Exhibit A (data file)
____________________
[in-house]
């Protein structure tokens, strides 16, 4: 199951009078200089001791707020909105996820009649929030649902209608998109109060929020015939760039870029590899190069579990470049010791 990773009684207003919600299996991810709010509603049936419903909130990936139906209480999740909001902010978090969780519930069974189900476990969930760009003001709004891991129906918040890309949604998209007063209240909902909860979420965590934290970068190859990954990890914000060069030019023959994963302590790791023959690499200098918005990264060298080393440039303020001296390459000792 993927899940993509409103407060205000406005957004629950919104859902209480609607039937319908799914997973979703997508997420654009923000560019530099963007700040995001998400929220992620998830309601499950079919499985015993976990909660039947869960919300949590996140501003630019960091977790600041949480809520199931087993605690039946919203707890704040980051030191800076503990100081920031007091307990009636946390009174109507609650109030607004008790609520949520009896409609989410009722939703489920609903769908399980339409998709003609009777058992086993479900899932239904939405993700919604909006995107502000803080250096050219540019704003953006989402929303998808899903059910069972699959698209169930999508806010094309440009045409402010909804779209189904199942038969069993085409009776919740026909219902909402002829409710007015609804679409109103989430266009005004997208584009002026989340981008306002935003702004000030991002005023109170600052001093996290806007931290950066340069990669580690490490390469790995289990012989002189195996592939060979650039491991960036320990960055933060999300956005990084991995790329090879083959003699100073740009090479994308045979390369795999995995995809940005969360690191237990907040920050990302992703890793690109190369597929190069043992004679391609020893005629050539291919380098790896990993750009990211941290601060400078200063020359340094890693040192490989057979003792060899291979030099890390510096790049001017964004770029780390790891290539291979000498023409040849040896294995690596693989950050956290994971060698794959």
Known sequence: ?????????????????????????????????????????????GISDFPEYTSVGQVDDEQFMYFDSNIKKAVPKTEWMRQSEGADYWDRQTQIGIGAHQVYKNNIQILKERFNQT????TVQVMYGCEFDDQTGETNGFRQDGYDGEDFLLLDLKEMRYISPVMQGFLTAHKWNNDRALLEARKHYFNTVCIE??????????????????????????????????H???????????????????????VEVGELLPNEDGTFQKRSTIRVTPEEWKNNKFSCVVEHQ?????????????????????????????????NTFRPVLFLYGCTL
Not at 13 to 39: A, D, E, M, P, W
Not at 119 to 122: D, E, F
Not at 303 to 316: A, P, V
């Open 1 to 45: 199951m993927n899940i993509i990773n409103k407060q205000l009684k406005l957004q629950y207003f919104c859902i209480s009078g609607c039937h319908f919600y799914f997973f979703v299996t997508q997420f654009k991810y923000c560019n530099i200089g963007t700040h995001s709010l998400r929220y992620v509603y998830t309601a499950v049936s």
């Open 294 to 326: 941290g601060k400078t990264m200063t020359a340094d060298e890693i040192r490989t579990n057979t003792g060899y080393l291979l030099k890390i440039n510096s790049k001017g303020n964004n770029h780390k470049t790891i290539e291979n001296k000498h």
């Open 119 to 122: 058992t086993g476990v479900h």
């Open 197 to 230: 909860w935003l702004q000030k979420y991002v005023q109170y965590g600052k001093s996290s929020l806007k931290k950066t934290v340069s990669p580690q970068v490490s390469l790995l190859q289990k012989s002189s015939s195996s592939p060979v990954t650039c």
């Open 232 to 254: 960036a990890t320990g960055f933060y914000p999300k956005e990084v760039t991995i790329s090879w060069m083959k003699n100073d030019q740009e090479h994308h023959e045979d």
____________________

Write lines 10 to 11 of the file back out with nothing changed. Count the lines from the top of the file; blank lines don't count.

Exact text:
């Open 197 to 230: 909860w935003l702004q000030k979420y991002v005023q109170y965590g600052k001093s996290s929020l806007k931290k950066t934290v340069s990669p580690q970068v490490s390469l790995l190859q289990k012989s002189s015939s195996s592939p060979v990954t650039c």
């Open 232 to 254: 960036a990890t320990g960055f933060y914000p999300k956005e990084v760039t991995i790329s090879w060069m083959k003699n100073d030019q740009e090479h994308h023959e045979d």